When you hear about a top performer, you might think of someone who is good at a specific skill. For example, Michael Phelps was the top swimmer in the world. That made him better than approximately 99.9999999999% of the population. Not bad.
We don't need to be the top performer in the world to be successful. But as we grow in our careers, we would like to stand out in the crowd.
When interviewing, we sometimes talk about branding. What is your brand? What is the special label you'd like to put on yourself when hunting for your next position?
Let's say that you'd like to have a brand name for yourself as a top software engineer. You want to stand out in the crowd as one of the very best engineers.
There are 4 million software engineers in the US. You would need to be absolutely outstanding for anyone to know of you as an excellent engineer.
Instead, what if you were known for your unique combination of skills, rather than a single skill?
For example, imagine that you're a good engineer, built some VR software, did mobile development, and helped build a video game engine at a previous job. You're competent, but not particularly awesome.
Instead of trying to stand out among 4 million engineers, you've specialized. If a startup wants to hire someone to help build their mobile metaverse game software (not actually unlikely), they'll be looking for a software engineer with mobile, VR, and gaming experience.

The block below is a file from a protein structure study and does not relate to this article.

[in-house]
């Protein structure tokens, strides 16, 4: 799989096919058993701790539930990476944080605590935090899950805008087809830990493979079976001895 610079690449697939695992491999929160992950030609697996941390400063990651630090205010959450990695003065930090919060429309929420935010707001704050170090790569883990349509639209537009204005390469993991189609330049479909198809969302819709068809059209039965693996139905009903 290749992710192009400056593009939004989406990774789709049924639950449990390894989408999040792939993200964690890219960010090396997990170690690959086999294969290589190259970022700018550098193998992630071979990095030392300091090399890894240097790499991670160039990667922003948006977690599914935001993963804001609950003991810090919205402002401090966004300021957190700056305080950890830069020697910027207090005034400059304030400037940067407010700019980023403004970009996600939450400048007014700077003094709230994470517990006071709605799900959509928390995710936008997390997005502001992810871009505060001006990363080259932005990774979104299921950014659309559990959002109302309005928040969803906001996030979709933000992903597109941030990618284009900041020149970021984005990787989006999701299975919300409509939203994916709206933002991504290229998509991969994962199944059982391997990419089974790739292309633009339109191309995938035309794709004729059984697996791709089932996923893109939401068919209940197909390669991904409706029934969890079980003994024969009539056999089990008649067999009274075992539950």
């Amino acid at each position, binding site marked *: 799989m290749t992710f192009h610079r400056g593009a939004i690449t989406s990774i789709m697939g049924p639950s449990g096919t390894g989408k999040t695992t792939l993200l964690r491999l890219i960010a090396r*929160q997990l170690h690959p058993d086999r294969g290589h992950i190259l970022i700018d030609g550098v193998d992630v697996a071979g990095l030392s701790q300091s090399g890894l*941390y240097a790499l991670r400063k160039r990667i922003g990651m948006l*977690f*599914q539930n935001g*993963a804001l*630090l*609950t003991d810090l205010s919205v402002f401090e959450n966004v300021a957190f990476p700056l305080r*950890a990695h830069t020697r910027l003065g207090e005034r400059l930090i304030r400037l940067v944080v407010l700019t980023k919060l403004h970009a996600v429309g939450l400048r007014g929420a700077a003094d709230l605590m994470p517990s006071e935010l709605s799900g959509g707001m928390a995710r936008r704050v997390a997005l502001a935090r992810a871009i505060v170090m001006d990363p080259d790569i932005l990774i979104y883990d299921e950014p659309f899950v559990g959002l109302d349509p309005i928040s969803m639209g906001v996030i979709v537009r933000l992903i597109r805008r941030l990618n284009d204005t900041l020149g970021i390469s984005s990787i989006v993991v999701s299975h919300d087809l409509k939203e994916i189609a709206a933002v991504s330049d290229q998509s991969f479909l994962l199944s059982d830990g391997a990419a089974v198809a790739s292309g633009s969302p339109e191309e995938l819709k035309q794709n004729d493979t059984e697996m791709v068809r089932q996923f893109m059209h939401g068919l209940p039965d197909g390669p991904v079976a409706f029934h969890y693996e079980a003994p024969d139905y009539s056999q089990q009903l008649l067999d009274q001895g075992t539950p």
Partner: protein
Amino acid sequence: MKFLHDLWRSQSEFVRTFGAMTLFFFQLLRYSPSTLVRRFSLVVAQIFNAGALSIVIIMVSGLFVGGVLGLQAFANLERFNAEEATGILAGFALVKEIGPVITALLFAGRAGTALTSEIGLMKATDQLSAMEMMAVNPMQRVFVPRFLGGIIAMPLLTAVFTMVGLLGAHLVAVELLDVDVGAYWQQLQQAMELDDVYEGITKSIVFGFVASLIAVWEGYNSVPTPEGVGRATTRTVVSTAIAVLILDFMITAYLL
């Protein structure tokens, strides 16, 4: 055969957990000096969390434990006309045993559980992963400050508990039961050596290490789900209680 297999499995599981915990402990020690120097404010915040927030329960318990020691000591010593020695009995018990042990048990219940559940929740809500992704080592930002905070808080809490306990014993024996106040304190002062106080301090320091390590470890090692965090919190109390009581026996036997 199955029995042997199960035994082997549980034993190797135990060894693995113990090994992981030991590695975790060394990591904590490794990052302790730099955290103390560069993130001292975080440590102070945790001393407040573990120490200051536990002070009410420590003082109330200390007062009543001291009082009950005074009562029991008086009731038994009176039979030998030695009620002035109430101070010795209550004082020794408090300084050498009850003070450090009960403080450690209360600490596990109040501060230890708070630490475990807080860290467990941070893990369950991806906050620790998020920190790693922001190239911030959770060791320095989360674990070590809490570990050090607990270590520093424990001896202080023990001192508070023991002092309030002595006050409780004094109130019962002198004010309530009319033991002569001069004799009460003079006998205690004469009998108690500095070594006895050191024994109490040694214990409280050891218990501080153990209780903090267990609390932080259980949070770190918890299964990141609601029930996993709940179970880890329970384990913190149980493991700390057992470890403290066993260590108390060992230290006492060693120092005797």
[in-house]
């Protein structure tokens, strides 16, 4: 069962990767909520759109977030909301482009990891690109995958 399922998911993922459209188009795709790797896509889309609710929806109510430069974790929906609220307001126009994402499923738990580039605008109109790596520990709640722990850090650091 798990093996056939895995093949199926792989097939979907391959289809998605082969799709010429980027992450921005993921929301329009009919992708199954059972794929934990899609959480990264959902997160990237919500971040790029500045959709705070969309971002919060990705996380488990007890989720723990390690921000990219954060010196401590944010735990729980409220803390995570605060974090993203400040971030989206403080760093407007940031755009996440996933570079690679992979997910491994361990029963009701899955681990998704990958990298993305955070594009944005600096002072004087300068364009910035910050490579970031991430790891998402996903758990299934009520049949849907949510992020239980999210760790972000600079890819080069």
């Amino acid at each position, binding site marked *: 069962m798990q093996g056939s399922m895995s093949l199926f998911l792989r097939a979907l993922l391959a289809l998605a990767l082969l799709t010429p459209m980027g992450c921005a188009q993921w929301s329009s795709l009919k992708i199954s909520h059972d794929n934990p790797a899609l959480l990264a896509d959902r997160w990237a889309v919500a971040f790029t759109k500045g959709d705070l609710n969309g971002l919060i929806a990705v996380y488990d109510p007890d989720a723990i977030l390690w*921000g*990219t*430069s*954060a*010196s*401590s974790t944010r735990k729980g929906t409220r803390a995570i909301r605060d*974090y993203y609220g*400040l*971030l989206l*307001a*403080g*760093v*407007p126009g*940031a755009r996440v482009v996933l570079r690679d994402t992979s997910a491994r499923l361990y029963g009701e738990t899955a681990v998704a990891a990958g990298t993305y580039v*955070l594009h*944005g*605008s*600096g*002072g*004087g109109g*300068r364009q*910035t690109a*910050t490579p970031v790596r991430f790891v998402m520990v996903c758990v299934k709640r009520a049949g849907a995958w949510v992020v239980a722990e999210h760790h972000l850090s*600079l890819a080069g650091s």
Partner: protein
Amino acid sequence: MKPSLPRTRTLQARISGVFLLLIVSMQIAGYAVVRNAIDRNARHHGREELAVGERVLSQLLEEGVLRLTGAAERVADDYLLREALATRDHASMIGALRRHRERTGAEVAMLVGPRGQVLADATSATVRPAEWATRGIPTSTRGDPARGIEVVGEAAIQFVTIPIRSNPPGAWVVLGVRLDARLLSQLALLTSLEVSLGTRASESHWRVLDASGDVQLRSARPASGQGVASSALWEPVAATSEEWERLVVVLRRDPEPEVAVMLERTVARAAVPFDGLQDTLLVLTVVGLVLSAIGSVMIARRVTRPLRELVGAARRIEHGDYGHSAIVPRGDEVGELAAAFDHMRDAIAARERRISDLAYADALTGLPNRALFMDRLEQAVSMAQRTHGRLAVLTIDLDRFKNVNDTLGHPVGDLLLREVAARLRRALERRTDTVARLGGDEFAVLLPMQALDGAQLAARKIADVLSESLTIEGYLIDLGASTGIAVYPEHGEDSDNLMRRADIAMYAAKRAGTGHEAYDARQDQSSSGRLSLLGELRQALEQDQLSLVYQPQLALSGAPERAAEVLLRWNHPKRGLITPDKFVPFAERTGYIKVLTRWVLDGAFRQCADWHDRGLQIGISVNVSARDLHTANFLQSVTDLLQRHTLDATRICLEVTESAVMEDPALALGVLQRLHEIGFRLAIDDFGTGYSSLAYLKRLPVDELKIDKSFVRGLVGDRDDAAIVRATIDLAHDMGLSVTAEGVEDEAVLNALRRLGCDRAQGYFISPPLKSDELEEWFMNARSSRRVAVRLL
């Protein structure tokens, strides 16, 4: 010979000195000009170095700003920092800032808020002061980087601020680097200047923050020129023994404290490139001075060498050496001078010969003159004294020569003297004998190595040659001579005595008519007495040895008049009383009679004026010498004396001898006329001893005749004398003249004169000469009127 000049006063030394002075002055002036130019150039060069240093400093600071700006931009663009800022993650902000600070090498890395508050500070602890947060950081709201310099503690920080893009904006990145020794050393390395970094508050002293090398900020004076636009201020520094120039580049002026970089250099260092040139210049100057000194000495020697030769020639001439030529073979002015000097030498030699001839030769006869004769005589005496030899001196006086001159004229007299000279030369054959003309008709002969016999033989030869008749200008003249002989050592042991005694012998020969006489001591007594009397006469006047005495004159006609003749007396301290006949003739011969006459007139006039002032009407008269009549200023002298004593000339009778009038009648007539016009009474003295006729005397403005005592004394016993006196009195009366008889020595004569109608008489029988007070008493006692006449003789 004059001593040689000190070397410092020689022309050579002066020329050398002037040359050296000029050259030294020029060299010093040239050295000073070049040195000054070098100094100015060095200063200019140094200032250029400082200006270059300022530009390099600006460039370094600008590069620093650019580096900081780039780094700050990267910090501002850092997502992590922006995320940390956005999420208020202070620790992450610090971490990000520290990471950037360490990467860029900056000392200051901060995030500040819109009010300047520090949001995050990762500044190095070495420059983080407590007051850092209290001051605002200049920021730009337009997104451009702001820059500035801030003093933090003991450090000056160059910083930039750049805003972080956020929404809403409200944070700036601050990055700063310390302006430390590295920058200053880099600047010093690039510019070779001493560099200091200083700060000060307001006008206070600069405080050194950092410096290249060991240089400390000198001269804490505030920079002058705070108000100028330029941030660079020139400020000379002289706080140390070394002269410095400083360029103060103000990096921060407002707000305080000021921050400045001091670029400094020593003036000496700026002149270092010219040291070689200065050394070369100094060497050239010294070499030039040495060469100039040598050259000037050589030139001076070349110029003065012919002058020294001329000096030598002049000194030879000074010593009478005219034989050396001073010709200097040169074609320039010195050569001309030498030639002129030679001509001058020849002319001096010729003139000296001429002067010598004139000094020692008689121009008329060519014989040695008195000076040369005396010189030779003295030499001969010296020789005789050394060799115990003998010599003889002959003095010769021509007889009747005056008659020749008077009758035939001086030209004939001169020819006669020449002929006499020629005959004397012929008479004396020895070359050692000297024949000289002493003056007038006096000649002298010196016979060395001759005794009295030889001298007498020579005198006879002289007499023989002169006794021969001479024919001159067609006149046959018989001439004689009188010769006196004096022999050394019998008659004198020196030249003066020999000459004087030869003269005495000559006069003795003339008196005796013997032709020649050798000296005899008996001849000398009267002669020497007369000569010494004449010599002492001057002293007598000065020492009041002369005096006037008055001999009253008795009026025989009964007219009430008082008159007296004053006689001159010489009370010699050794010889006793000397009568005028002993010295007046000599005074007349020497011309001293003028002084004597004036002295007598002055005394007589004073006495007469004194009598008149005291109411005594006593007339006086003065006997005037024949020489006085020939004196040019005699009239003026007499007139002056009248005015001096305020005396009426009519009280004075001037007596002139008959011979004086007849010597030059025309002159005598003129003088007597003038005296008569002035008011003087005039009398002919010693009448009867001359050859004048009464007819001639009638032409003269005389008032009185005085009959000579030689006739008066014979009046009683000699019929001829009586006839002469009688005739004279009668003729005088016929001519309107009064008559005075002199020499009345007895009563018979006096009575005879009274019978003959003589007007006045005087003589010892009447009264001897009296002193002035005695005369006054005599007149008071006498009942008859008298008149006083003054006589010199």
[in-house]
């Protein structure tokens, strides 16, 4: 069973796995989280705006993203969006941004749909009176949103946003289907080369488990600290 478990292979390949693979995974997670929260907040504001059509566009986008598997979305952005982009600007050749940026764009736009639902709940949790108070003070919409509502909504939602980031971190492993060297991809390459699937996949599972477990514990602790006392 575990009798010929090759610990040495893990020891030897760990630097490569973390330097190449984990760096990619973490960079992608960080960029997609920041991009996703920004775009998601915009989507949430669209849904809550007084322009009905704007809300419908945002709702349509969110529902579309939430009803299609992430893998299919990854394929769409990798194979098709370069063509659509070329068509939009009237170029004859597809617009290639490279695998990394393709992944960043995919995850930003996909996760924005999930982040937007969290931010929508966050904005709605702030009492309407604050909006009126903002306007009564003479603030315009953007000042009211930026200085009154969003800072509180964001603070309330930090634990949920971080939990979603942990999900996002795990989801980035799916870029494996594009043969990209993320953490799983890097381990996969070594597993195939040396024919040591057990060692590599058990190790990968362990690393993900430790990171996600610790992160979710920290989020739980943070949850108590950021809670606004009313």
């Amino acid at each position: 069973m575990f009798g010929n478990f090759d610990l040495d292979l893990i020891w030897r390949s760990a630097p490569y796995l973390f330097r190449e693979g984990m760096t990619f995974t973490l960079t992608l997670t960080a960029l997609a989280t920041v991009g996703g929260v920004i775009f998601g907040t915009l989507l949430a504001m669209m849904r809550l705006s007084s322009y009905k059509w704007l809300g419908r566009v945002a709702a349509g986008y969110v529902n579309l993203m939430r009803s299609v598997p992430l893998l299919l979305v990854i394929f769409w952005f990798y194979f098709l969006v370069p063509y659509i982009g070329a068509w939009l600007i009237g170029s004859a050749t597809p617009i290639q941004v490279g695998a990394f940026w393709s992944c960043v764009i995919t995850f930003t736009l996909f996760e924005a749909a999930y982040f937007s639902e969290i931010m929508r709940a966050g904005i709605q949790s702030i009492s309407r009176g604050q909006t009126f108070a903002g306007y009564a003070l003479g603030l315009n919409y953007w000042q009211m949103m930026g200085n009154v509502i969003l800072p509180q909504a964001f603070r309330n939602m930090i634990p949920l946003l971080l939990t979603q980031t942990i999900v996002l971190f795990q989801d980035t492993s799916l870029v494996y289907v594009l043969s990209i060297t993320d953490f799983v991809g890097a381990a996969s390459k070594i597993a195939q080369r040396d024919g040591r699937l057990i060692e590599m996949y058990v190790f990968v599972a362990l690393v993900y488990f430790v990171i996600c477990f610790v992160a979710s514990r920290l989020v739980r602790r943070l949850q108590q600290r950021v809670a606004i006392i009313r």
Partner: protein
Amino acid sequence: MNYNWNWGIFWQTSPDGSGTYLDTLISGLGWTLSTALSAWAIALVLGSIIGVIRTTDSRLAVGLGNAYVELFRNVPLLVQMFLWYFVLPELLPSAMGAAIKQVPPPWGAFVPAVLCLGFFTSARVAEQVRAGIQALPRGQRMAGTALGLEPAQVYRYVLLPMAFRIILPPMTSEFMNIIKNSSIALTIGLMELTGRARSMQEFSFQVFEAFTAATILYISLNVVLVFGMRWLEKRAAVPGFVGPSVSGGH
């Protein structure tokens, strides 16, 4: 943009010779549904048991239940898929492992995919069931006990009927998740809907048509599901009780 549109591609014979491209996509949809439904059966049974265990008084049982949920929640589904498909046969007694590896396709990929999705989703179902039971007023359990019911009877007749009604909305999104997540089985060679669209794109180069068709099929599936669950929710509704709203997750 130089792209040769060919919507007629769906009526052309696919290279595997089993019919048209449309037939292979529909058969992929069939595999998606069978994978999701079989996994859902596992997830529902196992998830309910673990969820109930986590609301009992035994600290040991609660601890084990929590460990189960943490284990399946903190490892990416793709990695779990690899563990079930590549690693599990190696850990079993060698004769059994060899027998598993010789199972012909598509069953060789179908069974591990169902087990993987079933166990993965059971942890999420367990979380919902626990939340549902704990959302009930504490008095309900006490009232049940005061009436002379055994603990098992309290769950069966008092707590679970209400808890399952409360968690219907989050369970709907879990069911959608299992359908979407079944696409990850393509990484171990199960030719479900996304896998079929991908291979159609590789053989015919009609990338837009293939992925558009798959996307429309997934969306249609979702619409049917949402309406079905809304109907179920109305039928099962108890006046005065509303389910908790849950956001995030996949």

Out of the 4 million software engineers in the US, you're a rare bird. If they stumbled across your resume, they'd be thrilled. In this unique space, you'd be considered very attractive. This would be due to the breadth, rather than your depth, of experience.
There are plenty of highly skilled people who are successful due to the depth of their experience. However, for us normal mortals, I think breadth of experience is what drives our success.
When we talk about using our strengths, we mean recognizing those niche things you do well, and figuring out how to leverage your strengths to be a top performer in your field.
Strengths vs weaknesses.
I wanted to first explain why I think it's important you focus on your strengths, not your weaknesses.
When coaching people, I often run into clients who are obsessed with their weaknesses.
"I'm pretty bad at writing, can I get a job at Amazon?"
"What about my educational background, I didn't go to a top school."
Businesses don't hire you for your lack of weaknesses, they hire you for your strengths. Your strengths are what enable you to be successful.
If you're a bottom 10% writer, it would be silly to ask you to write. If you worked hard, and got yourself up to the middle 50% writer, it would still be silly to expect you to write as your primary job.
Mitigating your inability to write does open the doors to positions which require the skill as one of many. Getting to “not terrible” is then a good idea.
However, more essential is that you find a job in which you have strengths you can leverage. If you have the right strengths, we can all figure out how to work around your weaknesses.
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